A cache of early Christian texts accidentally unearthed in the Egyptian desert over a half century ago put a spotlight on the birth of Christianity, suggesting that it was anything but harmonious and smooth. The death and resurrection of Jesus and tumultuous events that followed triggered a complex, diverse, and contentious process involving groups of early Christians in ideological clashes over interpretations of Jesus' teachings. The earthenware jar discovered by a peasant seeking fertilizer near Nag Hammadi, in Upper Egypt, contained fifty-two mostly Gnostic texts: lost gospels, wisdom literature, poems, hymns, prayers, sayings of the Savior, and apocalyptic material. The writings provided scholars with a lens for viewing primitive Christianity through the beliefs of the Gnostics.
At a time when the proto-orthodox church leaders vigorously defended the church against heresies, punishing and excommunicating their opponents and destroying their religious texts, someone hid the cache of Gnostic Christian books. The ancient monastery of St. Pachomius stood only about fifty miles from the site of the discovery and was known to be a place of significant early Christian activity. Scholars theorize that the Egyptian Christian monks living at St. Pachomius hid the sacred texts, not to destroy them but to preserve them. The documents were put together in ways that suggest the manufacture of them was done with respect and veneration. Many of the texts were written in the Egyptian Coptic script, translated from the original Greek. For these reasons, the monks most likely hid the library for safekeeping.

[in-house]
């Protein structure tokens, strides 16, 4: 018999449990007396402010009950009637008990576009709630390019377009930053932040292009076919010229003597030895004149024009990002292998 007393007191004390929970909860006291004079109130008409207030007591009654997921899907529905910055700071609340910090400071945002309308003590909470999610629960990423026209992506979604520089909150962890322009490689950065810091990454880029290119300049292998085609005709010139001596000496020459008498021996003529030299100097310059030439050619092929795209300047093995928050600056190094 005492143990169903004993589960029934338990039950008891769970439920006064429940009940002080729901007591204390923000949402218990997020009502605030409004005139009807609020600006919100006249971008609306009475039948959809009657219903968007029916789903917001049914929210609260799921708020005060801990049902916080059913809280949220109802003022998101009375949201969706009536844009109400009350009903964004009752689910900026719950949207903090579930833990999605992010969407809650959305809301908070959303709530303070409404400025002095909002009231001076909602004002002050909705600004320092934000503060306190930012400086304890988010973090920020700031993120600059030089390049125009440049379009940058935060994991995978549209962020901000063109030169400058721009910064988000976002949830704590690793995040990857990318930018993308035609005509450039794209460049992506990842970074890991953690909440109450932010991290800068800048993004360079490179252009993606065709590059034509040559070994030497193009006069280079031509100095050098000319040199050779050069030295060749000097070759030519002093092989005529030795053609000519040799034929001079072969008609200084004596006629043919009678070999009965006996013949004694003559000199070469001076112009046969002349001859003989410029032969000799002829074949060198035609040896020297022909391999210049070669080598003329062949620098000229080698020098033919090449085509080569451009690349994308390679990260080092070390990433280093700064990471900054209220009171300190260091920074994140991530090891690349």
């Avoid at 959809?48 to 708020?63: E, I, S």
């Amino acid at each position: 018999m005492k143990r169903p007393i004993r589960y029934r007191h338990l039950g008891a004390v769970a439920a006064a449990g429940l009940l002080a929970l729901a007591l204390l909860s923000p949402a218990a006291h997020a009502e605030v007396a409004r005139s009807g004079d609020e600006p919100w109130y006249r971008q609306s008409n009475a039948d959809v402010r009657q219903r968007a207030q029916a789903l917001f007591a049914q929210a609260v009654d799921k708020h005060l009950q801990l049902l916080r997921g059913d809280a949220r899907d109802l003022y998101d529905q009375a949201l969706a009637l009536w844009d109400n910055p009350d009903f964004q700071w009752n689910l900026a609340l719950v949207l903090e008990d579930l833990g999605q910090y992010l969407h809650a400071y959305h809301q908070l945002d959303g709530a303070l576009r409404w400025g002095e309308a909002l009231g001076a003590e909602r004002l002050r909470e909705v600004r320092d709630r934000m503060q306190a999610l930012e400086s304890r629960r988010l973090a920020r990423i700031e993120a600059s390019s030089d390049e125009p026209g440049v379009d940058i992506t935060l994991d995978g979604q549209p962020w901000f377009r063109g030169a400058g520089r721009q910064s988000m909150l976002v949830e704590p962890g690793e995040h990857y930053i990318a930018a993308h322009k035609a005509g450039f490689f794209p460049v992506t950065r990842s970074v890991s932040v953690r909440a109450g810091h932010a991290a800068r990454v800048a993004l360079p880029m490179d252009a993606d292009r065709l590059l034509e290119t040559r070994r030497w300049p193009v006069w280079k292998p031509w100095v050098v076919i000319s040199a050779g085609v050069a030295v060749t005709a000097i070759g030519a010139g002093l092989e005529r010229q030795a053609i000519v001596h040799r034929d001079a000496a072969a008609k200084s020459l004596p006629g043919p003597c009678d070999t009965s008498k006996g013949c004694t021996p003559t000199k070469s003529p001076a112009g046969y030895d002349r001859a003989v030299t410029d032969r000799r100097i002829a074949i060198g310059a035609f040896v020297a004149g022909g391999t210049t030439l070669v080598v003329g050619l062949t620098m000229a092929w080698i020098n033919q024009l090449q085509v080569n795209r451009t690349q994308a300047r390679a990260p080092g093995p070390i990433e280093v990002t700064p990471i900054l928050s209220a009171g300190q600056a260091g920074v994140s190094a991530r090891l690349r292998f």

In this book, you will learn about the Nag Hammadi treasures, the various Gnostic sects and their founders, and their spiritual and ideological differences with orthodox Christianity. You will gain an understanding of the Gnostic view of creation and salvation and why they emphasized an inner, experiential knowledge — gnosis — as a means of salvation. You will also discover their belief in a feminine aspect of God. You may conclude that the threads of their sacred works add to the beauty and vibrancy of the tapestry of early Christianity.